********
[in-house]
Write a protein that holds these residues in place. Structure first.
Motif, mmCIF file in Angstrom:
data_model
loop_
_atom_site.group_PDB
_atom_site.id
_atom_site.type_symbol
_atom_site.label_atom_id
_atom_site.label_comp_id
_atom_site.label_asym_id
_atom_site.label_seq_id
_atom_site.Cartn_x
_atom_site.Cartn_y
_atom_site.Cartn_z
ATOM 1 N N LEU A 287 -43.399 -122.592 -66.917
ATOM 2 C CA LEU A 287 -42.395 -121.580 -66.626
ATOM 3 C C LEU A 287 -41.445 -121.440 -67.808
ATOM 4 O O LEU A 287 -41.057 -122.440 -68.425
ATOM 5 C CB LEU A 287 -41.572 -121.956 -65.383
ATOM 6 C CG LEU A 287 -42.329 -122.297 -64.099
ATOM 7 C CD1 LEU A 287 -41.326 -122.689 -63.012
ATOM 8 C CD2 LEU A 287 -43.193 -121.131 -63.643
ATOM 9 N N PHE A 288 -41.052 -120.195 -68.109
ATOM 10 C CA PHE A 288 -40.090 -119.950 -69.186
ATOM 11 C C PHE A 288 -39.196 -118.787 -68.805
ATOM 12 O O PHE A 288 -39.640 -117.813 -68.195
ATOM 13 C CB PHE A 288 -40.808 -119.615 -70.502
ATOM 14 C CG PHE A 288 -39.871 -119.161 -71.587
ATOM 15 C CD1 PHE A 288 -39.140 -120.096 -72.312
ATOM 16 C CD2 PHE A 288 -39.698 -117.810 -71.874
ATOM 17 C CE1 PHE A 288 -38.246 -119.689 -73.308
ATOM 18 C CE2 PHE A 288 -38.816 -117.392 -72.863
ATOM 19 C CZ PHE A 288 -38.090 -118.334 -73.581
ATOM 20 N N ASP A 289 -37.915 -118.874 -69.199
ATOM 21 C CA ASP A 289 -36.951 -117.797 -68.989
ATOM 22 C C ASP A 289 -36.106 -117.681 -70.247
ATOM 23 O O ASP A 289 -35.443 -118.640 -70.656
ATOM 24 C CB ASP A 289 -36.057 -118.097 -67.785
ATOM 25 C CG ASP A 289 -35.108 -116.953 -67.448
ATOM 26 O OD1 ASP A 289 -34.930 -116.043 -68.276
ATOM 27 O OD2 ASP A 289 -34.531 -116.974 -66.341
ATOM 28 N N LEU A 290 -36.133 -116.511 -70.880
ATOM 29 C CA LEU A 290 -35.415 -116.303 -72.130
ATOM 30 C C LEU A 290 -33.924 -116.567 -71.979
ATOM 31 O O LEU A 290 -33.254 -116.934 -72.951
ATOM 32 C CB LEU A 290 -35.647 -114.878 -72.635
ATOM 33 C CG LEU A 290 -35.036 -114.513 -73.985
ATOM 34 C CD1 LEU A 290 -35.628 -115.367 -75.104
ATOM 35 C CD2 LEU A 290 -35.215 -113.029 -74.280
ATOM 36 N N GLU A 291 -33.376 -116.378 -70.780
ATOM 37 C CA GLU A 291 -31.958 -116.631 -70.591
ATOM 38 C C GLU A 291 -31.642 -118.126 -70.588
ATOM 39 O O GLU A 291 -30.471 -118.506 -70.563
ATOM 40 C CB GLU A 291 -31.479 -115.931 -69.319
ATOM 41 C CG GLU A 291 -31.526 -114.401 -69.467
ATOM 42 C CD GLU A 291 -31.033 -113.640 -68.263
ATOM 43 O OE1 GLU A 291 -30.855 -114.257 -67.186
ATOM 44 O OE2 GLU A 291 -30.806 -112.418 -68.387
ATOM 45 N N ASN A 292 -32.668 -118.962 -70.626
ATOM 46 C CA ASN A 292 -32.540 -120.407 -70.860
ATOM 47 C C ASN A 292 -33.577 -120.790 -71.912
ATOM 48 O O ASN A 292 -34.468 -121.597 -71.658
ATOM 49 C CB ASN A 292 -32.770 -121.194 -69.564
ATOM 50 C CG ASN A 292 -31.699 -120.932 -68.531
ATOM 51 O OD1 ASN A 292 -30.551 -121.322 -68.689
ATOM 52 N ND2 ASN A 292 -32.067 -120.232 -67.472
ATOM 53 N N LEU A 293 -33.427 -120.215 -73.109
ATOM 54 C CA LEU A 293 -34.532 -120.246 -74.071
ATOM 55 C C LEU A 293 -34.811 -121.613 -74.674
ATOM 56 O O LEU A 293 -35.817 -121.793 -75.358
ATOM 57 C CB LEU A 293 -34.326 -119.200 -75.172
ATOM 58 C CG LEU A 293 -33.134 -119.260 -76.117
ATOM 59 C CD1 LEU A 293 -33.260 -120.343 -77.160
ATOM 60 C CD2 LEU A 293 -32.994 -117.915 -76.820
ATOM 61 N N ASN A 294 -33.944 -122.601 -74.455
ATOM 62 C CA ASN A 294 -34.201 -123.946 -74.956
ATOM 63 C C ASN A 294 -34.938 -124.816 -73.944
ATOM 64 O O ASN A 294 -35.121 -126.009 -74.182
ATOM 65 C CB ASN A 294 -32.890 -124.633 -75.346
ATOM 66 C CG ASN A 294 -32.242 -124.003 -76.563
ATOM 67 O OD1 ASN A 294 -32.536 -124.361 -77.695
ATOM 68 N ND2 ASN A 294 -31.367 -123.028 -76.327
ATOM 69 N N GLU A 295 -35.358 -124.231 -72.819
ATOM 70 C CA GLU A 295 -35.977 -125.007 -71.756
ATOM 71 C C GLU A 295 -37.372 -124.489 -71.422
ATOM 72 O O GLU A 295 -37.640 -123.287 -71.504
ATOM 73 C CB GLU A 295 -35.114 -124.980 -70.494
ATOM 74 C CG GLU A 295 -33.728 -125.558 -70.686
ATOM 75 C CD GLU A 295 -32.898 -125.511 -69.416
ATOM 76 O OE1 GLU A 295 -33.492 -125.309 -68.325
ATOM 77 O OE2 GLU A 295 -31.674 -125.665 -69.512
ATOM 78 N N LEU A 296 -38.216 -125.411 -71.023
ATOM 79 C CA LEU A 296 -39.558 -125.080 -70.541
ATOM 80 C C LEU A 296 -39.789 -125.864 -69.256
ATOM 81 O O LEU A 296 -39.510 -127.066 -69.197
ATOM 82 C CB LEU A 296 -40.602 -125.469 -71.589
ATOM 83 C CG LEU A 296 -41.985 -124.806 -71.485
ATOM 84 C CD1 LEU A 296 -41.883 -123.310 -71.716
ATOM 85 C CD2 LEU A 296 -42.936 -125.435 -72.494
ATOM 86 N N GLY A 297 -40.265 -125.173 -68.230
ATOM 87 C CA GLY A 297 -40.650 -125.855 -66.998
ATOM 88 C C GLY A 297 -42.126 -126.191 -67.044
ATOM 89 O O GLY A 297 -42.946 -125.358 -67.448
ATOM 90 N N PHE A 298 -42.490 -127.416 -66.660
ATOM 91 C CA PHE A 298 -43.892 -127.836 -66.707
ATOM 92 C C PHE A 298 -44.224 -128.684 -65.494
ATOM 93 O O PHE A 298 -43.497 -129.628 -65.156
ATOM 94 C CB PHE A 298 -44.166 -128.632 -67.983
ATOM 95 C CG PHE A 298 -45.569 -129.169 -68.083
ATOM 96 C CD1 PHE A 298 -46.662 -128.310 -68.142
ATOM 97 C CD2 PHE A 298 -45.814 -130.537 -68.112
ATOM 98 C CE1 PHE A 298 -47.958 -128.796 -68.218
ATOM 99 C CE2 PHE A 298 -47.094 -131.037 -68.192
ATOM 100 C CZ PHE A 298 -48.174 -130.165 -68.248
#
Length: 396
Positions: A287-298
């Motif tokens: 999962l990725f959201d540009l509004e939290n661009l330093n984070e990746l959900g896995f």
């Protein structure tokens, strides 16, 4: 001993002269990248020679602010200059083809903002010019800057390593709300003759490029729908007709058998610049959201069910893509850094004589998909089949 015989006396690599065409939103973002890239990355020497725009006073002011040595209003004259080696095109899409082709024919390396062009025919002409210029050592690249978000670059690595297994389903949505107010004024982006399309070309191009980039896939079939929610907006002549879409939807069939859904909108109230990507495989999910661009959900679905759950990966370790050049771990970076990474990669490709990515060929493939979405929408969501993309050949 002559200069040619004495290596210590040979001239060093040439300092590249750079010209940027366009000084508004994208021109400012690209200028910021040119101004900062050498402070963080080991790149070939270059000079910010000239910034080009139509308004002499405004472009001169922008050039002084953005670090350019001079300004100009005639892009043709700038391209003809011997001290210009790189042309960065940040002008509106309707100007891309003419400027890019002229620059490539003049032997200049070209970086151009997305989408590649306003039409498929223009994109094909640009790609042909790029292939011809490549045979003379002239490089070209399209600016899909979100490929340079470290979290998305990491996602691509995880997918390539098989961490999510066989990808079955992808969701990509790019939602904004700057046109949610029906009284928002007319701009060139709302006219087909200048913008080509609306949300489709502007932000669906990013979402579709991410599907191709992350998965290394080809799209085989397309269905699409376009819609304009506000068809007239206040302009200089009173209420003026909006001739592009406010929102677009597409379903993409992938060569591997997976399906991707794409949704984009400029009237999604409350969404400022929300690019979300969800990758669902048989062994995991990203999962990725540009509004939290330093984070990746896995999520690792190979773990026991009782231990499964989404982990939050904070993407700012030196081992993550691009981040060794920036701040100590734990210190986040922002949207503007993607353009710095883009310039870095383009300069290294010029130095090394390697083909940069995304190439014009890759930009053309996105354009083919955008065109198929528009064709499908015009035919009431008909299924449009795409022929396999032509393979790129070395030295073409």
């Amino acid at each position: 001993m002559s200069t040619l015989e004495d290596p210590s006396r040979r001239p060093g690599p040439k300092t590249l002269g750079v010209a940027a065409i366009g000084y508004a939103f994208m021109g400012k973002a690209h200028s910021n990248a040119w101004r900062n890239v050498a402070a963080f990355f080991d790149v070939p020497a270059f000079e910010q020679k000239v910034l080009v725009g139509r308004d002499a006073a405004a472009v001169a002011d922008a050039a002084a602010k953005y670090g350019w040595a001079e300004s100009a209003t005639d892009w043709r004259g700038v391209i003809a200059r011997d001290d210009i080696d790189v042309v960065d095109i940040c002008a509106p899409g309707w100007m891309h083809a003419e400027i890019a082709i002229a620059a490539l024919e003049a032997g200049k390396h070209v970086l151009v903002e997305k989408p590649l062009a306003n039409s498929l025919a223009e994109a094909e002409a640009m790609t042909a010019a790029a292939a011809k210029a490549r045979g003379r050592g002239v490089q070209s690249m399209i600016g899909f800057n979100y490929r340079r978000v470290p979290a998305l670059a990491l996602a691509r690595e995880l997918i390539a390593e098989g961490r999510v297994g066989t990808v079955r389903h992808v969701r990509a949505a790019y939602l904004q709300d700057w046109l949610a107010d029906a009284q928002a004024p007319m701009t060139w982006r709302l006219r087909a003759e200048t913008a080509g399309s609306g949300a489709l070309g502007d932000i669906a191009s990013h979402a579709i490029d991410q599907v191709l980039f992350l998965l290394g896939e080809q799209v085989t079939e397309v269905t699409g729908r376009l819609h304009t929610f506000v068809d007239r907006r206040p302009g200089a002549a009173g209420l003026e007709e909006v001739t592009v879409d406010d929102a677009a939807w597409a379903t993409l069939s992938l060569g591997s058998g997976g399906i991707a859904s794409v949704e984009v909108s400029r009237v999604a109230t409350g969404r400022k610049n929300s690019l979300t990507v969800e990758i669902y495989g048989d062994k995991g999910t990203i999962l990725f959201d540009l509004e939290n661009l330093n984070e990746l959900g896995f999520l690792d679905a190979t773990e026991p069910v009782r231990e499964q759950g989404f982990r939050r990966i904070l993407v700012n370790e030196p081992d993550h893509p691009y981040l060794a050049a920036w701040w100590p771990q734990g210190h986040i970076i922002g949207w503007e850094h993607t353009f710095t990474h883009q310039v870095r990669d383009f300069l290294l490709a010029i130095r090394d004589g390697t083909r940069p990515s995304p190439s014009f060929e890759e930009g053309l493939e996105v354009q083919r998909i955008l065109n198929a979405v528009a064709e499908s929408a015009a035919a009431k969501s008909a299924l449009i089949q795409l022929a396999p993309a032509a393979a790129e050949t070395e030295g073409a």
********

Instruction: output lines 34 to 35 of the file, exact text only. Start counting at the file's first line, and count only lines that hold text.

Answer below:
ATOM 19 C CZ PHE A 288 -38.090 -118.334 -73.581
ATOM 20 N N ASP A 289 -37.915 -118.874 -69.199